[openssl-dev] OS X 10.8, x86_64: 01-test_abort.t... sh: line 1: 71522 Abort trap: 6

Kurt Roeckx kurt at roeckx.be
Sun Mar 20 11:00:04 UTC 2016

On Sat, Mar 19, 2016 at 07:41:28PM -0400, Jeffrey Walton wrote:
> On Sat, Mar 19, 2016 at 7:31 PM, Richard Levitte <levitte at openssl.org> wrote:
> > In message <rt-4.0.19-1915-1458428897-111.4451-6-0 at openssl.org> on Sat, 19 Mar 2016 23:08:17 +0000, "noloader at gmail.com via RT" <rt at openssl.org> said:
> >
> > rt> On Sat, Mar 19, 2016 at 6:44 AM, Richard Levitte via RT <rt at openssl.org> wrote:
> > rt> > I think that's a discussion that deserves its own new thread on openssl-dev.
> > rt> >
> > rt> > A RT ticket is *not* the right place for a philosophical discussion. Closing
> > rt> > this. Please don't respond on this message, create a new thread instead.
> > rt>
> > rt> Thanks Richard.
> > rt>
> > rt> For me, its not open for debate. Its a point of data egress, so it
> > rt> must not occur. What others do is there business.
> > rt>
> > rt> I'll configure without the "data loss" feature, and others can do what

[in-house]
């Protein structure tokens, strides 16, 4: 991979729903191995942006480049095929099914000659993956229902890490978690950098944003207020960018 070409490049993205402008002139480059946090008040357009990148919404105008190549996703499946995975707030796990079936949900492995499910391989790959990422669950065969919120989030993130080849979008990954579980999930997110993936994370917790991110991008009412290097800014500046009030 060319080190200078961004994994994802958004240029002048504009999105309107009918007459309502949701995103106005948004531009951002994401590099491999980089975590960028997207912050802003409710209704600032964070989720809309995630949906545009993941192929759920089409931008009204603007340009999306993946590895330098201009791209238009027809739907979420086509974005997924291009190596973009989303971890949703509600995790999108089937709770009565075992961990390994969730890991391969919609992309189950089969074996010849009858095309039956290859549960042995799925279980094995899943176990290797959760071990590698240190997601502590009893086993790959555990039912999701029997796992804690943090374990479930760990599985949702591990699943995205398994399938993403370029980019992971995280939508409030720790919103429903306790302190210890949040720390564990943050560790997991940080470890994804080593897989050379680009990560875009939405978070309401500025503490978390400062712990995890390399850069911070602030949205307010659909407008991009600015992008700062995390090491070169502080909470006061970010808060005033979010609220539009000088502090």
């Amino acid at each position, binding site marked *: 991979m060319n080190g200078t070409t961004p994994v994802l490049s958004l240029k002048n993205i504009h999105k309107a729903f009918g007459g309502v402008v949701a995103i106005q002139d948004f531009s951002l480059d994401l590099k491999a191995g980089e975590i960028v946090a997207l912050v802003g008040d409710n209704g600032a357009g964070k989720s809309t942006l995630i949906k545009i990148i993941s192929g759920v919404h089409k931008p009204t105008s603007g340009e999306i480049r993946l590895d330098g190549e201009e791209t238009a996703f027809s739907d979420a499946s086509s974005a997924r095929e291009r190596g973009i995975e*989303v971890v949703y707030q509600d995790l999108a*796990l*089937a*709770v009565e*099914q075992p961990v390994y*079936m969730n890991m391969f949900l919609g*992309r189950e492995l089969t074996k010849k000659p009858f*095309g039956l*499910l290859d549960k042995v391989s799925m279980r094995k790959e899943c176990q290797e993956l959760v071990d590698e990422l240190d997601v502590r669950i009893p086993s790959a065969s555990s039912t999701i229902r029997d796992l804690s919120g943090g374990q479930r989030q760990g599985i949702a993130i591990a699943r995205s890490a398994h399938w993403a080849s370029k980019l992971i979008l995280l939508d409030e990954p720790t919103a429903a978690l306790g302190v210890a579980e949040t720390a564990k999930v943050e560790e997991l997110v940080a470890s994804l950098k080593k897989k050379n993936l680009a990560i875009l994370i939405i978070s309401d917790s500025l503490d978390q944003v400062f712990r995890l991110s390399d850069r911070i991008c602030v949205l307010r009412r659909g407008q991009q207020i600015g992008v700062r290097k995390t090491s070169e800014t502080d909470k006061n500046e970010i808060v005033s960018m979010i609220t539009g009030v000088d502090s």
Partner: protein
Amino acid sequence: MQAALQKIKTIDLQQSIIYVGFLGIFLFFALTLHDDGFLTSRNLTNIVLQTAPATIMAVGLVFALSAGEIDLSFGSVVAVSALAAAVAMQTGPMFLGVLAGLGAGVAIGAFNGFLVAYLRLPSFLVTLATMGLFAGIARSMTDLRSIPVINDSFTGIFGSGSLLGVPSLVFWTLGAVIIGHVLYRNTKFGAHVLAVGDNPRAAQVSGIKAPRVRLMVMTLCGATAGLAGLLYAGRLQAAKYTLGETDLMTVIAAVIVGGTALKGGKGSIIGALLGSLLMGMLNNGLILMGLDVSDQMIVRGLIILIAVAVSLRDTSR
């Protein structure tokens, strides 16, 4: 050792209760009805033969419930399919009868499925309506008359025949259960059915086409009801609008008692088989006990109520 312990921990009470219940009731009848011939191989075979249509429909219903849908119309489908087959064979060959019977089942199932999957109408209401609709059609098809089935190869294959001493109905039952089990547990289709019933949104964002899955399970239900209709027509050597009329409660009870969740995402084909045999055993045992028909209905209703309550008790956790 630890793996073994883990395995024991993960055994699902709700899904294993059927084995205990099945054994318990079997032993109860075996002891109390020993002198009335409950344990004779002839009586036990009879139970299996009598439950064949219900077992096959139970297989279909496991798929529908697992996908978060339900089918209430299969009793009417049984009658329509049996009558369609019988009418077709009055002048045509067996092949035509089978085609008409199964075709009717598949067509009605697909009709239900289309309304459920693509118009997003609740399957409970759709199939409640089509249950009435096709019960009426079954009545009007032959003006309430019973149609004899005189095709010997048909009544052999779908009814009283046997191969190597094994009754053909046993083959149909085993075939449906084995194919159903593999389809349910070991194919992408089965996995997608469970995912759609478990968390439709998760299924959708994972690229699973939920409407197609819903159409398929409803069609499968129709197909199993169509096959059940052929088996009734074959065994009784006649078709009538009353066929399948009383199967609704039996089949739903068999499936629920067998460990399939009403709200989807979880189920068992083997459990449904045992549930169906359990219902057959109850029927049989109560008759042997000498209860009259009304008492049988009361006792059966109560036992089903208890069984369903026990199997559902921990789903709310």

> > rt> they want :)
> >
> > Well, how about you go after the calls then.  Complaining about the
> > existence of OPENSSL_die or OPENSSL_assert is about as fruitful as
> > complaining about the existence of abort() or assert()...  That's how
> > this "philosophical discussion" started out that that's your
> > complaint, isn't it?  If not, I'd like you to clarify.
> Allowing a library to make policy decisions for the application is a
> philosophical debate.

At least a few of us don't want asserts in the library in the
normal version and think that it should be up to the
application to decide what to do.

I think we need something that for a debug build it triggers an
abort (or whatever), but that for normal builds returns an error

> Allowing data to egress from the security boundary violates security
> policies, and its not philosophical.

I hope that core files aren't just send to a third party without
at least asking the user.  But I understand that at least Windows
is doing this by default now without being able to turn it off.

If the assert we added actually sees that things are in such a bad
state that we'll likely crash soon anyway, it doesn't change much.

And I guess the question is if the error is something we can
recover from or not.


More information about the openssl-dev mailing list